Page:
by Helen Struble 2F
Sun Oct 27, 2019 3:50 pm
Forum: Resonance Structures
Topic: Resonance hybrids
Replies: 3
Views: 43

Re: Resonance hybrids

A resonance hybrid represents electron delocalization. Though the Lewis structures may indicate a different between the single and double bonds, suggesting a difference in bond length, if a molecule or compound is a resonance hybrid then the electrons delocalize and there is no difference in bond le...
by Helen Struble 2F
Sun Oct 27, 2019 3:46 pm
Forum: Ionic & Covalent Bonds
Topic: Valence Electrons
Replies: 16
Views: 216

Re: Valence Electrons

^^It's important to note that this is a shortcut that really only works for the s-block and p-block, when we can assume that most bonding will follow the octet rule. However, there are even exceptions to the octet rule in the p-block—take PCl 5 . So don't always assume a full octet is a full valence...
by Helen Struble 2F
Sun Oct 27, 2019 3:13 pm
Forum: Trends in The Periodic Table
Topic: Question on 2A.23 part a
Replies: 2
Views: 21

Re: Question on 2A.23 part a

Because magnesium is a group 2 element, we can expect it to take on a 2+ charge, making it isoelectronic to neon and thus more stable. Though the p block is a little harder to predict, in an ionic compound, we can make an educated guess that arsenic will take on a 3- electronic charge, making it iso...
by Helen Struble 2F
Sun Oct 27, 2019 2:56 pm
Forum: Electron Configurations for Multi-Electron Atoms
Topic: Electron Configuration Special Cases
Replies: 6
Views: 125

Re: Electron Configuration Special Cases

I think that Lavelle really only expects us to know the chromium and copper exceptions, but from the little bit of research I've done, it seems that rubidium and silver also have abnormal electron configurations because it is more stable to have a half-filled or filled d orbital. I'm not sure if thi...
by Helen Struble 2F
Sat Oct 26, 2019 11:22 pm
Forum: Trends in The Periodic Table
Topic: Period 3 Elements
Replies: 2
Views: 20

Re: Period 3 Elements

Period 3 elements have access to the 3d orbital even though they fill the 3p orbital first. Electrons in the d orbital still can function as valence electrons. This allows them to form more bonds/have more lone pairs than the octet rule would typically allow.
by Helen Struble 2F
Sat Oct 19, 2019 3:26 pm
Forum: Wave Functions and s-, p-, d-, f- Orbitals
Topic: Spin Magnetic Quantum Number
Replies: 1
Views: 41

Re: Spin Magnetic Quantum Number

The spin of an electron is only relevant when filling out electronic configurations. The quantum number ms in no way determines how many orbitals exist—that is all based on the principle quantum number (n), angular momentum quantum number (l), and magnetic quantum number (ml). ms comes into play whe...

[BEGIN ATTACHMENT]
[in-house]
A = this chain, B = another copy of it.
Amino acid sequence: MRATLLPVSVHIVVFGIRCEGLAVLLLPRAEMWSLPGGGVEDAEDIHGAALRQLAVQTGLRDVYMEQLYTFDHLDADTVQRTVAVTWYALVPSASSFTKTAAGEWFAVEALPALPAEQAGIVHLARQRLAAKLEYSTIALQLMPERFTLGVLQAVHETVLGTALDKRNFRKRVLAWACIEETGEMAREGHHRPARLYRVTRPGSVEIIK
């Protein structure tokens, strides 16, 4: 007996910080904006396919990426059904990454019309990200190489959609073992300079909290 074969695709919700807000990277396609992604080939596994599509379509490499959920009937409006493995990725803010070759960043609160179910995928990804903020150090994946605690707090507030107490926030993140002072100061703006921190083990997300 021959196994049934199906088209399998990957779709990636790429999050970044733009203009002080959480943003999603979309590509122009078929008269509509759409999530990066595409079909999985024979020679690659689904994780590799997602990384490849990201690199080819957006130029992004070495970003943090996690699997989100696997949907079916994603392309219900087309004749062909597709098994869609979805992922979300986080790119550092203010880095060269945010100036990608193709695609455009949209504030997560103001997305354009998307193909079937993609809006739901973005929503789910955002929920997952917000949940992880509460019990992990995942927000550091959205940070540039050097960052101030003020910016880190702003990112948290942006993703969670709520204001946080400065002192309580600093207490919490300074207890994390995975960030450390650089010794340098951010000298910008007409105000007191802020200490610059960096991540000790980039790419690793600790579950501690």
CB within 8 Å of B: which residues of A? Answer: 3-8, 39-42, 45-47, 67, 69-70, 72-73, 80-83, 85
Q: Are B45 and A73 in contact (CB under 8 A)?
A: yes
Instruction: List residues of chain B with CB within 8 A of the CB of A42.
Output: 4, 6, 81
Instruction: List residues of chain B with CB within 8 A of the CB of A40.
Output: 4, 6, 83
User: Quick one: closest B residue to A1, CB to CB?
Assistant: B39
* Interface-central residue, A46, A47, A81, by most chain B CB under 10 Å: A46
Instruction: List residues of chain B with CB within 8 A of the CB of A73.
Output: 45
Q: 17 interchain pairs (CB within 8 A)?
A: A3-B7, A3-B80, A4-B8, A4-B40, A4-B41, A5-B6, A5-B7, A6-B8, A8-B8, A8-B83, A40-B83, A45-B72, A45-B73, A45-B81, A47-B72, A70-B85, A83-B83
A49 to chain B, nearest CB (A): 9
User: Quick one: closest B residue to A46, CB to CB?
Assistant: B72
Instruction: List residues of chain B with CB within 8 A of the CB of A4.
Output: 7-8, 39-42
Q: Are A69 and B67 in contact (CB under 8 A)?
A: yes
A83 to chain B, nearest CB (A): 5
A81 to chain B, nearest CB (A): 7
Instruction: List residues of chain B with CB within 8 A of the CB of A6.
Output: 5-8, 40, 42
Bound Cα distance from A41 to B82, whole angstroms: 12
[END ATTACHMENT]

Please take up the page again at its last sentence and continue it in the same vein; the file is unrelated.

by Helen Struble 2F
Sat Oct 19, 2019 3:10 pm
Forum: Electron Configurations for Multi-Electron Atoms
Topic: HW 1D.23
Replies: 2
Views: 36

Re: HW 1D.23

Let's walk through the possible quantum values, knowing that if n is given, l can be = 0, 1, 2...n-1 and m can be = l, l-1, l-2....-l. An orbital is any valid set of unique quantum numbers. A) n=2, l=1. ml is not given, and can have the possible values of -1, 0, and 1. Therefore, since we can make t...
by Helen Struble 2F
Sat Oct 19, 2019 2:58 pm
Forum: Quantum Numbers and The H-Atom
Topic: Angular Momentum Quantum Number
Replies: 3
Views: 87

Re: Angular Momentum Quantum Number

The second quantum number, l, describes shape because it clues us into how many radial and angular nodes are in the subshell. With the principle quantum number, n, we can figure out how many radial and angular nodes are in a subshell. N=sum of radial and angular nodes. N = n - l - 1. So, for the 3p ...
by Helen Struble 2F
Sat Oct 19, 2019 2:51 pm
Forum: *Shrodinger Equation
Topic: Wave Function
Replies: 2
Views: 51

Re: Wave Function

The use of the variable psi denotes a wave function in the same way that the use of the variable x and y denotes a cartesian function or r and theta denotes a polar function. Psi itself does not really have an equivalent in the physical system, however, as it only represents the amplitude of the wav...
by Helen Struble 2F
Sat Oct 19, 2019 2:30 pm
Forum: Wave Functions and s-, p-, d-, f- Orbitals
Topic: Quantum Numbers
Replies: 3
Views: 50

Re: Quantum Numbers

Remember, the angular momentum quantum number, l, determines the subshell. n can have integer values greater than 0, in this case n=4 is given. l can have integer values from 0 to n-1, so if n=4, l can = 0,1,2,3. So, in a ground state there are a possible of four subshells: l=0 would be the s subshe...
by Helen Struble 2F
Sun Oct 13, 2019 6:15 pm
Forum: Properties of Light
Topic: Visualizing wave-particle duality
Replies: 3
Views: 67